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Introduction
Radical Transparency

Radical Transparency

At Chorus One, all information is available to all team members by default. This includes:

  • Cap table and compensation
  • Contracts
  • Financial information (revenues, assets, etc)
  • Interview notes

I have been interested in transparency, at least since reading Ray Dalio's book Principles around the time we started Chorus One. Over time I have come to appreciate the benefits of transparency even more.

The primary ones are:

  1. Ownership.
    People do their best work when they have a sense of ownership. In a startup this means that they need to have equity. And if they are an owner, they deserve to know what is going on.

    Transparency reinforces a deep sense of ownership.
  2. Decision Making.
    To move fast, you have to make decisions fast. This requires people to be able to decide autonomously as much as possible. If they have incomplete information, how can they make decisions? They'll either make worse decision or defer to someone with more information. This increases the burden on managers, introduces hierarchy, disempowers people and slows everything down.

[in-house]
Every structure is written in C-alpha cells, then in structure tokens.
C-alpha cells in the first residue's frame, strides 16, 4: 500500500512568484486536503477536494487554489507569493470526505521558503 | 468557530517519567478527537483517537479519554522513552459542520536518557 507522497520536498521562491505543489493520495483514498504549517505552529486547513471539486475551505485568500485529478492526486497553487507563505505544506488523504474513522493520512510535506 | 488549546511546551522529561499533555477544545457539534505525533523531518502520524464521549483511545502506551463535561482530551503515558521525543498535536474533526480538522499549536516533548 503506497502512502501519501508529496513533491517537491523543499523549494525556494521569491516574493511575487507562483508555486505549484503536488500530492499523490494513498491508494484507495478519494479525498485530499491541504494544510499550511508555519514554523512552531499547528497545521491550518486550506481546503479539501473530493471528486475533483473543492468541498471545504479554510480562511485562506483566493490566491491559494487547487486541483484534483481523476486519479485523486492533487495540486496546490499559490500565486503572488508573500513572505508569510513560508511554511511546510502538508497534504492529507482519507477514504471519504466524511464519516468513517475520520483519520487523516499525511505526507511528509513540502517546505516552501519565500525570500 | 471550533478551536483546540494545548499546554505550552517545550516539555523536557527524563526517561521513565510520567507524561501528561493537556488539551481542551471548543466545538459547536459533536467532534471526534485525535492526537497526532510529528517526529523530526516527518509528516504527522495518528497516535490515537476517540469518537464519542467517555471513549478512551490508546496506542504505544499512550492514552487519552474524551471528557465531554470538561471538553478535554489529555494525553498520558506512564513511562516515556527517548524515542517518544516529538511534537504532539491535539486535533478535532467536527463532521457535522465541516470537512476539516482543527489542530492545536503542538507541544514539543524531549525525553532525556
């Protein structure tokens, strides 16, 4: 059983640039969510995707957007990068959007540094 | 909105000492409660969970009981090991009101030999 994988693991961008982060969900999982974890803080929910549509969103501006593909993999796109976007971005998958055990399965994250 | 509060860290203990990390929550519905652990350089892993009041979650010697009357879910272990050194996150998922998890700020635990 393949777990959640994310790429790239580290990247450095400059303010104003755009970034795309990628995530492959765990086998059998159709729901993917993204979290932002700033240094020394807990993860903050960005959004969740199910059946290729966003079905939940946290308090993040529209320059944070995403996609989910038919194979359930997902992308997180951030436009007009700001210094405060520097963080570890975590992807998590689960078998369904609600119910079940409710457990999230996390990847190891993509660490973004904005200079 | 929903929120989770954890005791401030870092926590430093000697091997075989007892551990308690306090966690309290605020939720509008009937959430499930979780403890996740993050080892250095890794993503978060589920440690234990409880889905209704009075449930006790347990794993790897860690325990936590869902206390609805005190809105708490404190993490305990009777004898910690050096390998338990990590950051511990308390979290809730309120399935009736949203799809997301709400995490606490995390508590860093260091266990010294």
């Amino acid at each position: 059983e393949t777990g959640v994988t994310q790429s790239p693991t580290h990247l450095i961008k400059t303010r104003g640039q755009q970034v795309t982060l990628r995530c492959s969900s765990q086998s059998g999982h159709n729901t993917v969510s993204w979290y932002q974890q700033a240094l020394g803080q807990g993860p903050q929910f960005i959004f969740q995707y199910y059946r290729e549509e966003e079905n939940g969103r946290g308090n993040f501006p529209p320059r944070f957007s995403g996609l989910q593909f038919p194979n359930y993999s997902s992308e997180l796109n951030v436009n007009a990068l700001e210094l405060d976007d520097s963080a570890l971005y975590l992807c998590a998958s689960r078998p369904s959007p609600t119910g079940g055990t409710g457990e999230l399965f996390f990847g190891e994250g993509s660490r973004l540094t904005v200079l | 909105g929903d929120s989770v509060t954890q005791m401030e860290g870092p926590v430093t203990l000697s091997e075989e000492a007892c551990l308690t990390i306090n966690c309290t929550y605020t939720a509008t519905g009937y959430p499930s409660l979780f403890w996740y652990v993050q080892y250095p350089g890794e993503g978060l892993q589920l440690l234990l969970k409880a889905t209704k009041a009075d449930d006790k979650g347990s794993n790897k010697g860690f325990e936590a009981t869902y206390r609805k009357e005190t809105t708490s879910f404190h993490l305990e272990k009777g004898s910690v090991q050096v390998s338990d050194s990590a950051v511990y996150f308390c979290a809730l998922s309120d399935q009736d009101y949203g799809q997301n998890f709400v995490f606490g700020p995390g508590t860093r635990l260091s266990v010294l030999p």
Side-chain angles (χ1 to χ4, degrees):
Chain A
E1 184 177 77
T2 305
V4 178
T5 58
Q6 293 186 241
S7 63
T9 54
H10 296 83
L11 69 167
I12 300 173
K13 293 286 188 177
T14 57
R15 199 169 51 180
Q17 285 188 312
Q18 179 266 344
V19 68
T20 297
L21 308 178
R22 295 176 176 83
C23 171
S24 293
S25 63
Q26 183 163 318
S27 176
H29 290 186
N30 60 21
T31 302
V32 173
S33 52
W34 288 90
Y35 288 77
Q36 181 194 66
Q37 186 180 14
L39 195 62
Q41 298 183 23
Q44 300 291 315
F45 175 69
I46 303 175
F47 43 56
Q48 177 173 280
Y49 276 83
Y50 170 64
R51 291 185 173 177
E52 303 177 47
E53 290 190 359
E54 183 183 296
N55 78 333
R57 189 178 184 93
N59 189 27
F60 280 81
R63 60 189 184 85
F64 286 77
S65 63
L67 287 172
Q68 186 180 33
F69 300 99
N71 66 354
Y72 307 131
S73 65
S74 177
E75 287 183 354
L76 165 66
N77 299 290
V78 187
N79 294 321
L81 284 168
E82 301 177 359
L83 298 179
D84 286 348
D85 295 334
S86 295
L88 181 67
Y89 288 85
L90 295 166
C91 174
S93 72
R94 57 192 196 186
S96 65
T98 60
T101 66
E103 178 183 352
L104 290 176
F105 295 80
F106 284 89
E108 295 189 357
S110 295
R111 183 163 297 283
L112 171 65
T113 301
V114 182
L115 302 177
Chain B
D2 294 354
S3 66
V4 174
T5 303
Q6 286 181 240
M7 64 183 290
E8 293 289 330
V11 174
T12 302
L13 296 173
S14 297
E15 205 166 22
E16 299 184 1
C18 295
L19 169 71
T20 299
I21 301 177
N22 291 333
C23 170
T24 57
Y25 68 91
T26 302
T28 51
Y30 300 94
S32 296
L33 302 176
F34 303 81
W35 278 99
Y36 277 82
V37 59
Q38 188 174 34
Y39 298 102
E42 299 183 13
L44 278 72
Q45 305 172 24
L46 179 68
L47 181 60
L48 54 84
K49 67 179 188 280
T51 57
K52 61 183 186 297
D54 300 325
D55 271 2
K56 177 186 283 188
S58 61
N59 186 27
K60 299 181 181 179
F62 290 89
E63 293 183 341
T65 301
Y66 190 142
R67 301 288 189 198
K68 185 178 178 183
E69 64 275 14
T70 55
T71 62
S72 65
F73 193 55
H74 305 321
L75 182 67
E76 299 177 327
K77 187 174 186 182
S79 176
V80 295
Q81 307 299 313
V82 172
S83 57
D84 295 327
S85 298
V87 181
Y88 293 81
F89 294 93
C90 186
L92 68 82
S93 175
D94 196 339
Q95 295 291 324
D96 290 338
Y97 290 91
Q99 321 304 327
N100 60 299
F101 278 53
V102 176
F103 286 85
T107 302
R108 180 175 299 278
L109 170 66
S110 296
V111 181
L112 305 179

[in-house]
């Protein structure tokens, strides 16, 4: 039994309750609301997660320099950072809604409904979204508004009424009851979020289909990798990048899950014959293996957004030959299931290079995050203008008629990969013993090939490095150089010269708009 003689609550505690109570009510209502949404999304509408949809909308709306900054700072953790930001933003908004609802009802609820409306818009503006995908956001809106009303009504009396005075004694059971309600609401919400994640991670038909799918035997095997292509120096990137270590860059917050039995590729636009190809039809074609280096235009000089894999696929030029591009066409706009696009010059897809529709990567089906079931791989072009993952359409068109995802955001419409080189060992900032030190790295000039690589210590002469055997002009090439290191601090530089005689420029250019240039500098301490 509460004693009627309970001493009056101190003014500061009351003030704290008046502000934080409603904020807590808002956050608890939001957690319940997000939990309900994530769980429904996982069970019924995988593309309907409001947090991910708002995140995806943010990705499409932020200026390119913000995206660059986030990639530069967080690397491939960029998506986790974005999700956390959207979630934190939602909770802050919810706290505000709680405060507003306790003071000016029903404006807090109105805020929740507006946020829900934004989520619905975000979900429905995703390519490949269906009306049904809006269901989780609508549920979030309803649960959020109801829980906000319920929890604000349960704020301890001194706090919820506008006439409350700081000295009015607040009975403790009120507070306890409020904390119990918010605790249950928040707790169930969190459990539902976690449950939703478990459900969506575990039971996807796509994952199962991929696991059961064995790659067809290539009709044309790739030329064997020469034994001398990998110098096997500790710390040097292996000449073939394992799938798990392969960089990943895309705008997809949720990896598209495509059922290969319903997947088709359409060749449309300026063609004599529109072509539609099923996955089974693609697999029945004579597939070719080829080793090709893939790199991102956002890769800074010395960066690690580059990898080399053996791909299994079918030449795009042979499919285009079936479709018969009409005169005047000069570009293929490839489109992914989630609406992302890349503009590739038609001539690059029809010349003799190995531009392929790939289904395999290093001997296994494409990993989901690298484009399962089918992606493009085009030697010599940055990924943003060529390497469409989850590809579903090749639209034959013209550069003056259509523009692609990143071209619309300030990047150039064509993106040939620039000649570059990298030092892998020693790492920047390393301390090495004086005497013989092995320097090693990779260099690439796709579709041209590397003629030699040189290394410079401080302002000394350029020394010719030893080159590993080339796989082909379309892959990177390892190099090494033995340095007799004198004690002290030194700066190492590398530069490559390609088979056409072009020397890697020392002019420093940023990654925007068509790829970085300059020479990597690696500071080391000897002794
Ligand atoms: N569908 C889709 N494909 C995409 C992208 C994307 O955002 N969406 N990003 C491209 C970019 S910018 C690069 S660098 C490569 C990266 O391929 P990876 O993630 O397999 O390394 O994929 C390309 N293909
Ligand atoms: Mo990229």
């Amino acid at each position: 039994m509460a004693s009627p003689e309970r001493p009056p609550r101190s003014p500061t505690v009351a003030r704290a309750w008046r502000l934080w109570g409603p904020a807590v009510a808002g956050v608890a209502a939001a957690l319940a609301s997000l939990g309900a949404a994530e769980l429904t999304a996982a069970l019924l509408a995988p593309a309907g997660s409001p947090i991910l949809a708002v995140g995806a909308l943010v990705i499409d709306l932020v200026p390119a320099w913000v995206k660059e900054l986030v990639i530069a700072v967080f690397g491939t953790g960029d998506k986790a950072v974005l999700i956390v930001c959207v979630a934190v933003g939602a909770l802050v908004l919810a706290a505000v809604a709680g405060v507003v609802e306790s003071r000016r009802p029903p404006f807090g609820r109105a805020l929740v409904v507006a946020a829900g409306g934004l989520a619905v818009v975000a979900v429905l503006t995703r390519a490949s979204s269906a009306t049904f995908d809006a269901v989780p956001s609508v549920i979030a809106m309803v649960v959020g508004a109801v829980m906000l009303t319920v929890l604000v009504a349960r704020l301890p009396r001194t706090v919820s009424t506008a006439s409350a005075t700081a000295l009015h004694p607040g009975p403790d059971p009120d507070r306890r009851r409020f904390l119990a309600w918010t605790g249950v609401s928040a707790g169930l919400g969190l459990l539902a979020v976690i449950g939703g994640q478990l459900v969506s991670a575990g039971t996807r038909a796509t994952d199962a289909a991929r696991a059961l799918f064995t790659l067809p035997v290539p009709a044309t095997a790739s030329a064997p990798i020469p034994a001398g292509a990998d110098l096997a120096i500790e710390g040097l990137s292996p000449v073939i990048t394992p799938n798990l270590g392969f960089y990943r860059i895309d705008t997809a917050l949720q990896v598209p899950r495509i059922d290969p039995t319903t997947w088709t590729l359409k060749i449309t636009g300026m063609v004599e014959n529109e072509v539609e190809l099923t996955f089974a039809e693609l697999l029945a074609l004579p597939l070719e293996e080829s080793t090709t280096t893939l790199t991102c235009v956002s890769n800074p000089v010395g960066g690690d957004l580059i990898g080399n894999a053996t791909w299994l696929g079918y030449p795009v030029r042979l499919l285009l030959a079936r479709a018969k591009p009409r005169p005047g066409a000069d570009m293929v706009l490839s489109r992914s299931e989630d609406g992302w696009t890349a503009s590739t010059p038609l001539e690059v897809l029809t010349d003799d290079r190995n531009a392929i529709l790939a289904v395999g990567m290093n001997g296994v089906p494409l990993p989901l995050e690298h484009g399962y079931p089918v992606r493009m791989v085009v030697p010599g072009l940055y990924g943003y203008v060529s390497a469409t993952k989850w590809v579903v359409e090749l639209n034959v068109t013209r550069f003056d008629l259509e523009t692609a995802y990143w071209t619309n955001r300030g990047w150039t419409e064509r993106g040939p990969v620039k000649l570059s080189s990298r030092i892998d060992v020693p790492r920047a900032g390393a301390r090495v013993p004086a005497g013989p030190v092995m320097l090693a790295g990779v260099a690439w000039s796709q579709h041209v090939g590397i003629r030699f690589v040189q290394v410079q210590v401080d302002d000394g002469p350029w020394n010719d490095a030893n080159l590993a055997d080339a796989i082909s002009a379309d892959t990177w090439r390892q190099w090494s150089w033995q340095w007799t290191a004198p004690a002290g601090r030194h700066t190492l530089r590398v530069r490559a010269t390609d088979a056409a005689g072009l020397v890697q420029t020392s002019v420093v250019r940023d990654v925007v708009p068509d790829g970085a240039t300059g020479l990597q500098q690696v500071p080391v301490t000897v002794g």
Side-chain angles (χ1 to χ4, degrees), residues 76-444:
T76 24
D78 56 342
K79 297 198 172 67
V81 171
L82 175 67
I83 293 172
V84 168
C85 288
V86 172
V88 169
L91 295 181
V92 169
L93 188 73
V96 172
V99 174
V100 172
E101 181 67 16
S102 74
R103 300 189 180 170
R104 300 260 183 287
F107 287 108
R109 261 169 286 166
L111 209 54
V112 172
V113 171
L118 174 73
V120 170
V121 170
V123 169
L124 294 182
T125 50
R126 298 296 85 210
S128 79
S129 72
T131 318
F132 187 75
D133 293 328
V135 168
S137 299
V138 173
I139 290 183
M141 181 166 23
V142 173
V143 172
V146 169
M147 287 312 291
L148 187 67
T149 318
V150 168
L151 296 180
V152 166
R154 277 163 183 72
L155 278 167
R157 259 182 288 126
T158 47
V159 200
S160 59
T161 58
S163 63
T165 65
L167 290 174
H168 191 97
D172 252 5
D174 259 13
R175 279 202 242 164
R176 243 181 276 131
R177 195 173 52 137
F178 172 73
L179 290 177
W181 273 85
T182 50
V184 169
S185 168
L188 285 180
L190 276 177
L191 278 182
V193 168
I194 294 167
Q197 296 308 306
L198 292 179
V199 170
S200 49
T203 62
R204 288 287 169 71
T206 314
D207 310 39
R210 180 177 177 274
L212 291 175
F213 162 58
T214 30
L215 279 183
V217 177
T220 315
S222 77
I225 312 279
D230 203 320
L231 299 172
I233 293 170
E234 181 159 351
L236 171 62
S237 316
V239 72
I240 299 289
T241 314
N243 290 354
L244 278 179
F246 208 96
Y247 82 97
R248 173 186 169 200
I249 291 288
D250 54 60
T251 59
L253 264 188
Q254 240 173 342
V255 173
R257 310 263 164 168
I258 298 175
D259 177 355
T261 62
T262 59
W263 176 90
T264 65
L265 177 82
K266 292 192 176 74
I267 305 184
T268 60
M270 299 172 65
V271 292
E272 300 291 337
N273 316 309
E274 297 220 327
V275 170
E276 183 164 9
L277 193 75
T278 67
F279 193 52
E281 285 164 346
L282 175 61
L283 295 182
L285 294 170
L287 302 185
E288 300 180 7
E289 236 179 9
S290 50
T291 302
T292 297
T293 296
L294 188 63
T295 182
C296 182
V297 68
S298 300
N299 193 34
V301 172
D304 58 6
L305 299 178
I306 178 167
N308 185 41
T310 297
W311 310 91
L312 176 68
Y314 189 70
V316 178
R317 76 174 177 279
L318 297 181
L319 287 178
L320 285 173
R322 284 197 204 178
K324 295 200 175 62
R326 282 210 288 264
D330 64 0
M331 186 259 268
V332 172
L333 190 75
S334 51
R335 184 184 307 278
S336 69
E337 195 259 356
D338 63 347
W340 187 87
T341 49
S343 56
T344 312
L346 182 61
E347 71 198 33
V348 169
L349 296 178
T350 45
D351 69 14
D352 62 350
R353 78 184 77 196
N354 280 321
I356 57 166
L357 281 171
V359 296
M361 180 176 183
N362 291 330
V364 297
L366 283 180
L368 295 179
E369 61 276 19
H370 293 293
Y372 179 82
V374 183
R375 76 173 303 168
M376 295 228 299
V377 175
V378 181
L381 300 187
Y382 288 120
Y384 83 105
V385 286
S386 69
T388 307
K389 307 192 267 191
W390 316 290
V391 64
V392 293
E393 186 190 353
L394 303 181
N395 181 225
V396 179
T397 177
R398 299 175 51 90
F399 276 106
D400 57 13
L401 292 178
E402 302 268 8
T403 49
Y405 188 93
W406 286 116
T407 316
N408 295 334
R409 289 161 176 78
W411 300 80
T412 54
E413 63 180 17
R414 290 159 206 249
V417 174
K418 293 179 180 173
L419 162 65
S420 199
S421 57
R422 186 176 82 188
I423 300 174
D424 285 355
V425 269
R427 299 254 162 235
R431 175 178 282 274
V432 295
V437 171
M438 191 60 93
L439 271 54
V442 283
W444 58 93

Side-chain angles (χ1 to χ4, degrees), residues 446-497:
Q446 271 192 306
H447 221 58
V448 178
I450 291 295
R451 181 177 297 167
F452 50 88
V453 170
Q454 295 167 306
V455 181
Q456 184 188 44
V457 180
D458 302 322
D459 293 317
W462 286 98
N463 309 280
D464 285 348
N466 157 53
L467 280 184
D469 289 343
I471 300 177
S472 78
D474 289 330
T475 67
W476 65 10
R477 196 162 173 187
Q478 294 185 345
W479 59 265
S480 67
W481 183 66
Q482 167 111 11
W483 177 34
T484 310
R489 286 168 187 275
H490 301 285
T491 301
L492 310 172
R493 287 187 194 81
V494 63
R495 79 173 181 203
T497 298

Transparency supports efficient and autonomous decision making.
  3. Organizational Complexity.
    If not all information is transparent, then someone has to worry about who should have access to what. In a dynamic environment, this is a complex problem. When things change, you have to change your system. It will tend to lag and people will lack access to important information (that they may not even know exists).

    If everything is transparent, you don't have to build or maintain any systems around information access. You reduce complexity. Instead, the problem is around organizing information. But since everyone has access, everyone can contribute to doing this well.

    Transparency removes the need to manage information access and allows everyone to help organize knowledge.

To create an organization where people feel ownership and move fast, you should embrace transparency to the maximum extent possible.

Author

Brian Crain

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